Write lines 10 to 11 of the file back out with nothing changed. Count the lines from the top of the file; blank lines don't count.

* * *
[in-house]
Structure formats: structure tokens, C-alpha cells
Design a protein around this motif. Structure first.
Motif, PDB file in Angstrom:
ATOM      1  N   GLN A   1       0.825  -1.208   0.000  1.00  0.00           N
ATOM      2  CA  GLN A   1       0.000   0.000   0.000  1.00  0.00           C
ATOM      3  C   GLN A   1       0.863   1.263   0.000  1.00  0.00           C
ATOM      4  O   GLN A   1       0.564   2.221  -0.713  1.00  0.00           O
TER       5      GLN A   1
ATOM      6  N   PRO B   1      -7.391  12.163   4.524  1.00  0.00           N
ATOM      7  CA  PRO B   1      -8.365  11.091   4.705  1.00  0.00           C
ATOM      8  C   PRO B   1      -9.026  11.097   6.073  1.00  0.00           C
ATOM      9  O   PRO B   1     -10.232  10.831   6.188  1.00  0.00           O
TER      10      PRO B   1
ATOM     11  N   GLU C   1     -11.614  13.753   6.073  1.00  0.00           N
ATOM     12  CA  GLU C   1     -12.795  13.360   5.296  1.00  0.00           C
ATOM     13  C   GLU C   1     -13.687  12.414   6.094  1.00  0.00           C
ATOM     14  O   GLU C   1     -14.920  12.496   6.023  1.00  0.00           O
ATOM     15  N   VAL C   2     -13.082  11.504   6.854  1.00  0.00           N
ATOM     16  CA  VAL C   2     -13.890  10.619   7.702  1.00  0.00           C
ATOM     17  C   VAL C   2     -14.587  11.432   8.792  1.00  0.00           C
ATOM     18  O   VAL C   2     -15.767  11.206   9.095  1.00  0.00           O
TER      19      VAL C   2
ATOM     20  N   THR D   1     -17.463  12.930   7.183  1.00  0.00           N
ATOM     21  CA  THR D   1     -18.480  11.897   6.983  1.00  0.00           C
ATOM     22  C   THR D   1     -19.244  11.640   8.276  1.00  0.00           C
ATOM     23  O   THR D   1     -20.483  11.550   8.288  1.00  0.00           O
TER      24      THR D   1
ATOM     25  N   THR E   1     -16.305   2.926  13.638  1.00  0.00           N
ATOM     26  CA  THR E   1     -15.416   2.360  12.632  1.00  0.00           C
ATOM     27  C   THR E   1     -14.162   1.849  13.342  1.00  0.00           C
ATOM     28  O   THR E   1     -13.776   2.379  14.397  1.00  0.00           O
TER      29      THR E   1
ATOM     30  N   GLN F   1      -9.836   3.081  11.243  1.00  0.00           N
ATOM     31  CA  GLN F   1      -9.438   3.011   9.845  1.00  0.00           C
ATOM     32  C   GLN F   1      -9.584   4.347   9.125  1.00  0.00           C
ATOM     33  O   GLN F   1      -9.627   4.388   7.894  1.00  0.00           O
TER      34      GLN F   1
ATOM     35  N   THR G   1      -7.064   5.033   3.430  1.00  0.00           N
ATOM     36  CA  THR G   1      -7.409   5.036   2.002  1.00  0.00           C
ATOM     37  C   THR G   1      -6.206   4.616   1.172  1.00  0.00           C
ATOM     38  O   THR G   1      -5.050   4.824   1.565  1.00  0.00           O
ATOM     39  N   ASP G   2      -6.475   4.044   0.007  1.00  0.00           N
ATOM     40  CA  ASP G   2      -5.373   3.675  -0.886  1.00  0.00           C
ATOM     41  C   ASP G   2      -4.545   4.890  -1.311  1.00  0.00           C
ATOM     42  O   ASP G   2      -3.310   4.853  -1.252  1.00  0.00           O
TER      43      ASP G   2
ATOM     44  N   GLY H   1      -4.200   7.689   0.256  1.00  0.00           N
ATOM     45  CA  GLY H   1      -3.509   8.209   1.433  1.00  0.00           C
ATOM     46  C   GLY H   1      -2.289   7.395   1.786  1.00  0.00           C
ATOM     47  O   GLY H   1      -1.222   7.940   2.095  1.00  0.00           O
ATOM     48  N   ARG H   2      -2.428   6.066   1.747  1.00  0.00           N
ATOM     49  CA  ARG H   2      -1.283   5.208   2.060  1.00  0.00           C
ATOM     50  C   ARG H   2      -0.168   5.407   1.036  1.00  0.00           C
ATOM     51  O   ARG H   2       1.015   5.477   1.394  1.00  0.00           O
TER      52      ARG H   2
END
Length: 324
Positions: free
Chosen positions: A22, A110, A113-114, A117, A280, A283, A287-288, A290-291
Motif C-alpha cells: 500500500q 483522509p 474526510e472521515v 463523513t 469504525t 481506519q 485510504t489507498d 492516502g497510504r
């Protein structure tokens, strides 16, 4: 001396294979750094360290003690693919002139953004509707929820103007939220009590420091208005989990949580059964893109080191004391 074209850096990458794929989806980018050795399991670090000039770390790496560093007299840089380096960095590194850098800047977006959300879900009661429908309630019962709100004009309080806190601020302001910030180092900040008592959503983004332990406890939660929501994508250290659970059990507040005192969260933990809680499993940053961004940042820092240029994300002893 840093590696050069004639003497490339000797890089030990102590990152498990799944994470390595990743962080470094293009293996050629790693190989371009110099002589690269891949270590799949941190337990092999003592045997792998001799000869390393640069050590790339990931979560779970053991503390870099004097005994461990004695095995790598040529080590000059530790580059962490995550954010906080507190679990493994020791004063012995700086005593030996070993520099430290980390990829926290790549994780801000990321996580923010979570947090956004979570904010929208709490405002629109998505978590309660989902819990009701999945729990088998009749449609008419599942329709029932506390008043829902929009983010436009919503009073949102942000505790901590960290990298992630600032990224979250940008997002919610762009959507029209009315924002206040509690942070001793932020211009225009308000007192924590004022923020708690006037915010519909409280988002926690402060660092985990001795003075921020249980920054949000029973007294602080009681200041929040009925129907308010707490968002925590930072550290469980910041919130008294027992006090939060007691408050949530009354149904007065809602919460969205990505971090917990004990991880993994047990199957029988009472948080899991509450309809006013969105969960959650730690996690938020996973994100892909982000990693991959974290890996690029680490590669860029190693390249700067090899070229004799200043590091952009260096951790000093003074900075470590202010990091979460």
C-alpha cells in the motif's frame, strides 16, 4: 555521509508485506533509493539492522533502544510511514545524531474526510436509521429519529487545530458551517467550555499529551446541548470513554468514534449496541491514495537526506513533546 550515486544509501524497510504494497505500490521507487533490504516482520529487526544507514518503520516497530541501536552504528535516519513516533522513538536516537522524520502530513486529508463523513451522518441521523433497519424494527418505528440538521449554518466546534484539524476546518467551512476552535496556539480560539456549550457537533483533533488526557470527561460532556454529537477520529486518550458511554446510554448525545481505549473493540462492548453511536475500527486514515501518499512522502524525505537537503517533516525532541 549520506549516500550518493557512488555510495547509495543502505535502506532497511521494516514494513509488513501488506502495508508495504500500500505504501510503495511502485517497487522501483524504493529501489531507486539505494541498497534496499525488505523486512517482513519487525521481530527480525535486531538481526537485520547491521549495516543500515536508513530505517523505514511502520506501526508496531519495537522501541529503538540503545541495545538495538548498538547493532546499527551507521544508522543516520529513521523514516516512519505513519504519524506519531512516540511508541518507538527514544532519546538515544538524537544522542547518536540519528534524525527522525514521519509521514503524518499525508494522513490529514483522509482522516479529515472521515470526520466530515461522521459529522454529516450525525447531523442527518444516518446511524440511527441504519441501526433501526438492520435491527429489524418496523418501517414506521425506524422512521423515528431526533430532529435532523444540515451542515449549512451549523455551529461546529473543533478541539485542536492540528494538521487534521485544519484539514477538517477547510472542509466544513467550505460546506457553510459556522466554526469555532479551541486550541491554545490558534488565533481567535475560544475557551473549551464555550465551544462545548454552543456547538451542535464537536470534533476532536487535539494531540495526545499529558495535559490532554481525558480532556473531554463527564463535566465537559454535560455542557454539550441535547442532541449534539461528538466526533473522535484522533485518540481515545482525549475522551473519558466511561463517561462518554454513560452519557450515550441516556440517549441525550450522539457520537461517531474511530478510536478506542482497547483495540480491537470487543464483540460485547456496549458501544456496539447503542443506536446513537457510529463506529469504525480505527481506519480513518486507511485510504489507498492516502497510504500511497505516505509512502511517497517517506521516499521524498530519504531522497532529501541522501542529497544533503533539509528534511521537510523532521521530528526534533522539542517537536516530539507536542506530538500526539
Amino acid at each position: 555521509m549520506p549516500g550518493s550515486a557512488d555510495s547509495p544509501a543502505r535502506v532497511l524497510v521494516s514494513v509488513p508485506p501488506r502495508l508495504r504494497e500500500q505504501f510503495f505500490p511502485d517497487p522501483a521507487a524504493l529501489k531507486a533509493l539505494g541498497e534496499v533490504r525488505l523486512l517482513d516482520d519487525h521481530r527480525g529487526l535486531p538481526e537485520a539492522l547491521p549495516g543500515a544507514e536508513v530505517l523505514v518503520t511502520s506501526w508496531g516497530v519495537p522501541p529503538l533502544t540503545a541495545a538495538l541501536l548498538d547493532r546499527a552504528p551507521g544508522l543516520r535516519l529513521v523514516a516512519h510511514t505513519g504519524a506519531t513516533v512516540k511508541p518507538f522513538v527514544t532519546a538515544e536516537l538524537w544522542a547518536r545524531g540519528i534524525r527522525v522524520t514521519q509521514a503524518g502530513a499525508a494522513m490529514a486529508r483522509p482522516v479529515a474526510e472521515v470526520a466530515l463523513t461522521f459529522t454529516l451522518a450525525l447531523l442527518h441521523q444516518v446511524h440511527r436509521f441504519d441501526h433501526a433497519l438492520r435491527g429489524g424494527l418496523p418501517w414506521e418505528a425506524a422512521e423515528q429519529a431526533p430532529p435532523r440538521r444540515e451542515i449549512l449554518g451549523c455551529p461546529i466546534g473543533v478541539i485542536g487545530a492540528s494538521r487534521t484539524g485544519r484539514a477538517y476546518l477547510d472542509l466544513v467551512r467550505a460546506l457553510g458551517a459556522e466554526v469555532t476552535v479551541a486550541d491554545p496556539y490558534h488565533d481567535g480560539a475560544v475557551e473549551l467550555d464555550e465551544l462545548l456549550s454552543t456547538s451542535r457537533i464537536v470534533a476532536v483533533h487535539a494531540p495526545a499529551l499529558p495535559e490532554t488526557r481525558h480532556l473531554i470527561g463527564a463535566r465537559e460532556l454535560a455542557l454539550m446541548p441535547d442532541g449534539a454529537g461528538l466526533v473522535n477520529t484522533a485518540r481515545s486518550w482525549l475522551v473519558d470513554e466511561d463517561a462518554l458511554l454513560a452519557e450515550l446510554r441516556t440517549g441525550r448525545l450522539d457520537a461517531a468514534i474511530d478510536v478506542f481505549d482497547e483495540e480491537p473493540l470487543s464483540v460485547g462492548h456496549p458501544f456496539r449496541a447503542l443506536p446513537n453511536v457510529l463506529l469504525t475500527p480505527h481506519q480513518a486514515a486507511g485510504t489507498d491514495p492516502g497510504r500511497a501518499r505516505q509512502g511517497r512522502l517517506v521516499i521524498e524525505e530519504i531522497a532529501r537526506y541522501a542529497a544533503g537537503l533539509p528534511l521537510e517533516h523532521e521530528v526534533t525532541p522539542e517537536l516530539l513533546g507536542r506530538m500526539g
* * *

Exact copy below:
ATOM      6  N   PRO B   1      -7.391  12.163   4.524  1.00  0.00           N
ATOM      7  CA  PRO B   1      -8.365  11.091   4.705  1.00  0.00           C